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Whats wrong with more "exotic" trees like oranges,lemons even apples,plums,cherrys etc???

Its very comon,well not that much on main street, in Europe on many streets to see trees that produce fruits or is problematic since people would "steal" or attack these trees.

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I don't think that Jax is using too may palms in the downtown area.  They lend themselves to where they are planted and provide a very nice aesthetic (beauty is in the eye of the beholder, no?).  As for looking like South Florida, I don't see it.  The Date Palms that are used are few and far between compared to the Washingtonia and Sabal palms used up here.  And those palms are indigenous to all of Florida and the Carolinas.  As long as the majority of palms are Washies and Sabals, with a smattering of Dates, OK.  The minute we see Dates or S. Florida specific palms all over the place, then we are in trouble.

As someone mentioned, the palms are most likely used as they work best in tight and less than hospitable places.  Another reason to refrain from something like an Oak along the riverwalk is the root systems.  Within 10-15 years (perhaps less), a Live Oak planted within 20-25 feet of the bulkhead would have roots hitting it.  You don't have to worry about such things with a palm.

Alternatives to palms in the urban environment (for shade) run the gamut from Crape Myrtles to Oaks.  Unfortunately, there is no "perfect" tree as each will have something that will make it less than ideal for the urban/pedestrian environment. 

The Urb

<{POST_SNAPBACK}>

Thanks Urban LA for the very informative and interesting post.

I don't have a problem with using Palms, but must we use them exclusively. As I've said before, Palms are great along highways and certain other areas, and where alternatives are not available. I also don't have a problem with a combination of Palms and other trees.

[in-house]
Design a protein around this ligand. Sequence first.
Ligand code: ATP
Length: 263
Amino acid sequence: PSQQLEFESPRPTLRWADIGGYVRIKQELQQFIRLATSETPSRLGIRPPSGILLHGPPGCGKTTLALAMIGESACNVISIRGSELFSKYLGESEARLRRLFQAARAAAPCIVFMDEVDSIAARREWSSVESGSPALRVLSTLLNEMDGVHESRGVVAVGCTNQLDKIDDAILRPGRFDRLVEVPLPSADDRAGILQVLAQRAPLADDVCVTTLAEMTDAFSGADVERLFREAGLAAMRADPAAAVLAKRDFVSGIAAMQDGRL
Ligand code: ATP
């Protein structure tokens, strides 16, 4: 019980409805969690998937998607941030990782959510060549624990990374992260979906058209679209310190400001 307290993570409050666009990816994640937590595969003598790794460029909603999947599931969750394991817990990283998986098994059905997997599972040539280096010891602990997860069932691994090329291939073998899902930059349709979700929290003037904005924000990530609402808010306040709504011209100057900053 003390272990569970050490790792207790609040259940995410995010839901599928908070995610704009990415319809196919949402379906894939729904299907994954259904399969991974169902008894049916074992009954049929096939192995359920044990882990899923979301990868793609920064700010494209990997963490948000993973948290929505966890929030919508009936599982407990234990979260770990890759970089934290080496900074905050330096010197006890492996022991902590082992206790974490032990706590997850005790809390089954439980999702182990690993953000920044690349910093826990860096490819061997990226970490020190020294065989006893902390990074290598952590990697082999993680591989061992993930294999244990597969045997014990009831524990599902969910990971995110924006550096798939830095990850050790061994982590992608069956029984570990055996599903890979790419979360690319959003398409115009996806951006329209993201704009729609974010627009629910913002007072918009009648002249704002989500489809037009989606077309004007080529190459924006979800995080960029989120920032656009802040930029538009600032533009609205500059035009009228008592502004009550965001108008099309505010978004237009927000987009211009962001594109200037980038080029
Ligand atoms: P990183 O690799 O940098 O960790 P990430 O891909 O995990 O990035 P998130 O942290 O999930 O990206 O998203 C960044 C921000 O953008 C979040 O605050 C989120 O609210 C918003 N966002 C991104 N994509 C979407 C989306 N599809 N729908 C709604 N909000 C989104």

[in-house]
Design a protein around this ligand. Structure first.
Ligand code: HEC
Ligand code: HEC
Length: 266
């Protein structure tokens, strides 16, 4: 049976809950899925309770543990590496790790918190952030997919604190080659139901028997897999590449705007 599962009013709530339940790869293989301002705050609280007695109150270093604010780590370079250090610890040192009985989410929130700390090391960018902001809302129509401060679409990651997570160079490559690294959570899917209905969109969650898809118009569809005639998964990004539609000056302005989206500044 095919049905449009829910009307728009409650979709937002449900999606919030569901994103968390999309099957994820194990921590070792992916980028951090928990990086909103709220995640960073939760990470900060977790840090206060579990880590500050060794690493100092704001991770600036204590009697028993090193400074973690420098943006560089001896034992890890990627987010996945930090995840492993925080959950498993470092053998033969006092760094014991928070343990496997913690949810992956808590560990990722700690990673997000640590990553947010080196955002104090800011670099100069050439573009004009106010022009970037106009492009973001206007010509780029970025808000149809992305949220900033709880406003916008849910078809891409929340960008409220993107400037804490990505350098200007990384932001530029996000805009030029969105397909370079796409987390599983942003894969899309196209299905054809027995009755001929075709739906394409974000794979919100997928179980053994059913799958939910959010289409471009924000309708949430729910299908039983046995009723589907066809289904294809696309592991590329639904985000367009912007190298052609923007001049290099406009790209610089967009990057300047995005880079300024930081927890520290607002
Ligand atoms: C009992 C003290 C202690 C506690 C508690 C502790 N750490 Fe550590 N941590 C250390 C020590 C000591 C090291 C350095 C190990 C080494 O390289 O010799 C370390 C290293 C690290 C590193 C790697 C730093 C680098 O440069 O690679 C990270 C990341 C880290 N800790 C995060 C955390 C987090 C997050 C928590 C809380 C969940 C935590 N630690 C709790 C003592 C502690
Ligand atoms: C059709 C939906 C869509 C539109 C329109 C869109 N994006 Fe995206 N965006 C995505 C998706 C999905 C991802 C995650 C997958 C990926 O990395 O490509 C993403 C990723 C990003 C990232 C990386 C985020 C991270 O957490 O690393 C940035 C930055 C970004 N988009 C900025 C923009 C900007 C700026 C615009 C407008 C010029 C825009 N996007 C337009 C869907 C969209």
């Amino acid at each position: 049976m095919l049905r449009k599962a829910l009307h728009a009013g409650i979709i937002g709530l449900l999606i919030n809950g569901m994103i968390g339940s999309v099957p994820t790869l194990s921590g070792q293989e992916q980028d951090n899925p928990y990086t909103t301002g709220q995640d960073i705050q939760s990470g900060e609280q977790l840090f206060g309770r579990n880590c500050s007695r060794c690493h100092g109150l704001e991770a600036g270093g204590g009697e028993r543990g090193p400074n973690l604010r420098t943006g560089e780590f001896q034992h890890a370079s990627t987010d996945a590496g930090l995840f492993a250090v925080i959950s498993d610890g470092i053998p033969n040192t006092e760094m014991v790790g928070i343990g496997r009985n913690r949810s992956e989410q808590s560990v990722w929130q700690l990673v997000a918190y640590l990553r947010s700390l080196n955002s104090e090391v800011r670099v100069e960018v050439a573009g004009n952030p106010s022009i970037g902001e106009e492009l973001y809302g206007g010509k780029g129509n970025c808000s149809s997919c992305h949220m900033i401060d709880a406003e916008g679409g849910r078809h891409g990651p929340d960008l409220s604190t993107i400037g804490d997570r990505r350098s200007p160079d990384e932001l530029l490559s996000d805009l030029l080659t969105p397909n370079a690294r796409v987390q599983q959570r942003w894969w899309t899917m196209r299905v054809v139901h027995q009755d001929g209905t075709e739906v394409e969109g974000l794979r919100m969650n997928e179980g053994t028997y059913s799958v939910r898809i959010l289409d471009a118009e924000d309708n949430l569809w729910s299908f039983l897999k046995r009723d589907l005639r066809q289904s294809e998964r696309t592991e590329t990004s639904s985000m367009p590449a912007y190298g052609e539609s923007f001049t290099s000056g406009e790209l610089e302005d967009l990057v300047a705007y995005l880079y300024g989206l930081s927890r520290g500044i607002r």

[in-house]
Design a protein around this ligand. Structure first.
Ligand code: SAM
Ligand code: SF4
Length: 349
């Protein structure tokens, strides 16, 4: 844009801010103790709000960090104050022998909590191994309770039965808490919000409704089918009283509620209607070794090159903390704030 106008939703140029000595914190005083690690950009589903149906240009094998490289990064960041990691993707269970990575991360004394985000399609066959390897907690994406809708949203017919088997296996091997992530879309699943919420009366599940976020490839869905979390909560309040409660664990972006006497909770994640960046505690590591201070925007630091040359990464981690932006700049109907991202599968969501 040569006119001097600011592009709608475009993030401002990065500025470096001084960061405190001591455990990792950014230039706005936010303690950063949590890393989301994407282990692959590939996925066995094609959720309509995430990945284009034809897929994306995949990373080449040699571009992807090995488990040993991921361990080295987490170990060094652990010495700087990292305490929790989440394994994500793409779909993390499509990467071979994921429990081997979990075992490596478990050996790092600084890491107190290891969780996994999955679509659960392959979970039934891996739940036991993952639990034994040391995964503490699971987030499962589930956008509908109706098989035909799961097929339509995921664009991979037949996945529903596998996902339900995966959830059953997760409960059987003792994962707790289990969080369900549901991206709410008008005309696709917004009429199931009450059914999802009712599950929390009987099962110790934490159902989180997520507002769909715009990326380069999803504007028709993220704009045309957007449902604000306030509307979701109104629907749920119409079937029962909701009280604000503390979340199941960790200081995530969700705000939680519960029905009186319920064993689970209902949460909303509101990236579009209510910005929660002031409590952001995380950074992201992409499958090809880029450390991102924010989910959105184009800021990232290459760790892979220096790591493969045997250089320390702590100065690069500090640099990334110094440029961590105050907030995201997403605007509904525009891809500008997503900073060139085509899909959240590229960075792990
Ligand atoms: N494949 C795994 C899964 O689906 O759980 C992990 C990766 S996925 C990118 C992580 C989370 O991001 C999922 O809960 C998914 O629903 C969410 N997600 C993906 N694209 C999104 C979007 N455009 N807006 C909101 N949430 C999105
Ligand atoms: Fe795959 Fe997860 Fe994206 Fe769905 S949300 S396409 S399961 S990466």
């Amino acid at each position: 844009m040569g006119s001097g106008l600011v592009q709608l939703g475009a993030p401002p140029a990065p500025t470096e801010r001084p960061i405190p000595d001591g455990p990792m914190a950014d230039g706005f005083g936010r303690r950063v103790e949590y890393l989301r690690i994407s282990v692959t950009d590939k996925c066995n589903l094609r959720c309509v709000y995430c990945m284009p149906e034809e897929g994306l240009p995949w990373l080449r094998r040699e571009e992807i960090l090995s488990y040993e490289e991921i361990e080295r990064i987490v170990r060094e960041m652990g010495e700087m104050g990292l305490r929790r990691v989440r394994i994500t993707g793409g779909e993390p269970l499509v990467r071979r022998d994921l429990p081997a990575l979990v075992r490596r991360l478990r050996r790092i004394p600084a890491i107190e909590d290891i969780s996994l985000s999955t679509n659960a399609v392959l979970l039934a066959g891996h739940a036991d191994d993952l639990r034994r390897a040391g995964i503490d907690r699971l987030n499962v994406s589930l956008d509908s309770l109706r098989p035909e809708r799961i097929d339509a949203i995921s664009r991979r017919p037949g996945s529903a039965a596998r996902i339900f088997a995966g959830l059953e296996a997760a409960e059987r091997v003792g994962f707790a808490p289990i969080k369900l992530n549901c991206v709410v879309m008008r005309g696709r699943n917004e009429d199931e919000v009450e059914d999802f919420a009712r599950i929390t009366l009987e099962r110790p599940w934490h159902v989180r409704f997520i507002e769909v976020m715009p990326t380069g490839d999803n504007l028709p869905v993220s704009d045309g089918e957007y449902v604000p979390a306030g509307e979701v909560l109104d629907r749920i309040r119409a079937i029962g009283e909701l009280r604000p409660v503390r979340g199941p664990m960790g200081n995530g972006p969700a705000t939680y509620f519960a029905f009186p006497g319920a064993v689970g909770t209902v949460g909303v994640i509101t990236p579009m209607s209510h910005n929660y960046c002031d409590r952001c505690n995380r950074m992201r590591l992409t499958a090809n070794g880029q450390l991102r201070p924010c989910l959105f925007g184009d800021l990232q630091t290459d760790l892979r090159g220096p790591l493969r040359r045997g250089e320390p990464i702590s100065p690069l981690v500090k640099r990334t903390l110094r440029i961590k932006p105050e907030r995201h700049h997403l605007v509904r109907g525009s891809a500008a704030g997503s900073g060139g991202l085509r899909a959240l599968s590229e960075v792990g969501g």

However, Palms of one variety or another are all that are ever planted it seems. Bay Street is a prime example of what I am referring too. The city REMOVED existing Oaks with decent canopy, and replaced them with Palms.

Can't at least ONE of the trees you listed be planted along the Riverwalk, to provide some shade?

Also, I do think they are trying to give a South Florida appearance. Regardless of type, to most laymen, a Palm is a Palm. They say tropical. Why not emphasize the UNIQUENESS of this area by showcasing the BLEND of numerous indigenous trees.

In South Florida, the "trophy" trees are Palms. In the Carolinas and Georgia the "trophy" tree is a Live Oak. Jax has both in abundance, why not put both on display whenever possible.

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Whats wrong with more "exotic" trees like oranges,lemons even apples,plums,cherrys etc???

Its very comon,well not that much on main street, in Europe on many streets to see trees that produce fruits or is problematic since people would "steal" or attack these trees.

<{POST_SNAPBACK}>

The major drawback to all of the one's you have listened (and other similar fruiting / citrus trees) is that most will freeze and die during our N. Florida winters. It's not necessarily a condition of whether people would steal or attack such trees, but a fact that this area is no conducive to their survival. There is also some practical issues that have to be considered...these trees fruit and if they are not adequately maintained, it could get very messy and/or hazardous. Second to that is the fact that some citrus (i.e. lemon) have thorns and that is not good in a pedestrian / urban environment.

In South Florida, the "trophy" trees are Palms. In the Carolinas and Georgia the "trophy" tree is a Live Oak.    Jax has both in abundance, why not put both on display whenever possible.

<{POST_SNAPBACK}>

I see your point regarding the exclusivity of palm use. It would be great if the palette were wider in terms of the mix between palms and hardwoods. As for the trees I listed, all would be good (except the Oaks) along the riverwalk for shade. I am not a big fan of the new riverwalk (from a landscape/microclimate perspective) and I keep wondering what the designer was thinking.

The Urb